The Senate's repeal rejection in September and the Pentagon's newly released study has assured that the military's "Don't Ask, Don't Tell" policy has been a hot button topic in recent weeks. With every day that passes, it's become more and more evident that the repeal of DADT is an idea whose time has come.
When the policy was implemented in 1993, it stood as a compromise between civil rights groups and political organizations that supported the repeal of the Department of Defense's 1981 policy (which stated that homosexuality is incompatible with military), and those that opposed the lifting of the ban. Perhaps DADT was needed in the late 20th century to prevent greater injustices, but it's become painfully obvious that such compromises don't make sense in today's world. Numerous studies and public opinion poles have shown a clear bias in favor of a repeal, and the Pentagon's recent study claims that open service will have little to no effect on combat readiness, unit cohesion, or troop morale. Repealing the policy will prove beneficial in several other concrete, immediately identifiable ways, such as easing some of the military's financial burden; millions of dollars of which go to the enforcement of DADT each year. Additionally, it will prevent vital members of our military from being excluded just because of their sexual orientation, such as the 1,100 skilled linguists and mission-critical service members who have been discharged as of 2003.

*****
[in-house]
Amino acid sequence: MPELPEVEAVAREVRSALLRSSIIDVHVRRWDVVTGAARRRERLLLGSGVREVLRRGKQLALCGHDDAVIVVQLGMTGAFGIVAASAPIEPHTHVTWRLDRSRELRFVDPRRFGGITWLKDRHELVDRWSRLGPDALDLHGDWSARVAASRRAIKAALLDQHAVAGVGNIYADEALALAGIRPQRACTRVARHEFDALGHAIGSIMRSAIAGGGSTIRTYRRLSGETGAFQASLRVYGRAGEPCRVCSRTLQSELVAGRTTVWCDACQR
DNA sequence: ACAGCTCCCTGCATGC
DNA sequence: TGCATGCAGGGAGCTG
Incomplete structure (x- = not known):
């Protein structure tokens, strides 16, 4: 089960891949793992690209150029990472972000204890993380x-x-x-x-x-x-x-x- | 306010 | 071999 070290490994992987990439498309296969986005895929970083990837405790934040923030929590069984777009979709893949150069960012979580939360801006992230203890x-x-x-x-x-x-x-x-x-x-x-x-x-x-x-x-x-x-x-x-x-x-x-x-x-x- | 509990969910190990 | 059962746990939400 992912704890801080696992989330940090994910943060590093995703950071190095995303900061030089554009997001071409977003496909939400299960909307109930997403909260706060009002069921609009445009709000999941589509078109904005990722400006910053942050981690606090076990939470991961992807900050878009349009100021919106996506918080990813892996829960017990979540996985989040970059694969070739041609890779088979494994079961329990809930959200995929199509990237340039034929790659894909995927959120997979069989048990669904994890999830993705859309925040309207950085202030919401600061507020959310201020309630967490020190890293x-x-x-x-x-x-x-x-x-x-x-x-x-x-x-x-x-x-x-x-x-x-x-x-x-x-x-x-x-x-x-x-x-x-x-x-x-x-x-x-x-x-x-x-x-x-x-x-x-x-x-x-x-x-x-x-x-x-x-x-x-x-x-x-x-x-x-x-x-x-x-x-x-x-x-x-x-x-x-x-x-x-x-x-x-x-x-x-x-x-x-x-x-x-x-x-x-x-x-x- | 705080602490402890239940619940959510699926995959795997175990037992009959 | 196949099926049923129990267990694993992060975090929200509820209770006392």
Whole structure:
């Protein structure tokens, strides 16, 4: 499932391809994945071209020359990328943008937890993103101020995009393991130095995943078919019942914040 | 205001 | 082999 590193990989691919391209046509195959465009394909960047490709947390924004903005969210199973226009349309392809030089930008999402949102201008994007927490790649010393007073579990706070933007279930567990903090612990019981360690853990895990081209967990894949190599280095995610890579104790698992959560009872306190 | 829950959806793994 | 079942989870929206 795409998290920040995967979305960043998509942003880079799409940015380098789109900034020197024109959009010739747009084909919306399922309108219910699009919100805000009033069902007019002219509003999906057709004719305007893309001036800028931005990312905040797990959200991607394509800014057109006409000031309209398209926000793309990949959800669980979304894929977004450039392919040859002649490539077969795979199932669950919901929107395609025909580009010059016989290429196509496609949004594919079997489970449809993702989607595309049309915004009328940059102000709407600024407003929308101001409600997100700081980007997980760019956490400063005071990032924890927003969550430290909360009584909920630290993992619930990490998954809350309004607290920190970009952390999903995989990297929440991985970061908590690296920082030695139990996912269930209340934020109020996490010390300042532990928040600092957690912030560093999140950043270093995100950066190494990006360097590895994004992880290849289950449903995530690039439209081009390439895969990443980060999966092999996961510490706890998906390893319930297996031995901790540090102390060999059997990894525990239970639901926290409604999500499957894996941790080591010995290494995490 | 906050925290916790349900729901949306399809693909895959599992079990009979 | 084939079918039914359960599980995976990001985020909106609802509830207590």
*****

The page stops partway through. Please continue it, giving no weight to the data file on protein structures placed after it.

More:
Beyond all the dry facts, though, is the knowledge that the repeal of DADT is a matter of justice. No one should be required to hide who they are in order to serve the country that they love, and yet there are approximately 66,000 gays and lesbians in the military today who do just that. This simply must change, since those who have the courage to support and protect the United States deserve nothing less than the same from its citizens.
Sarah Wilson, Anchorage
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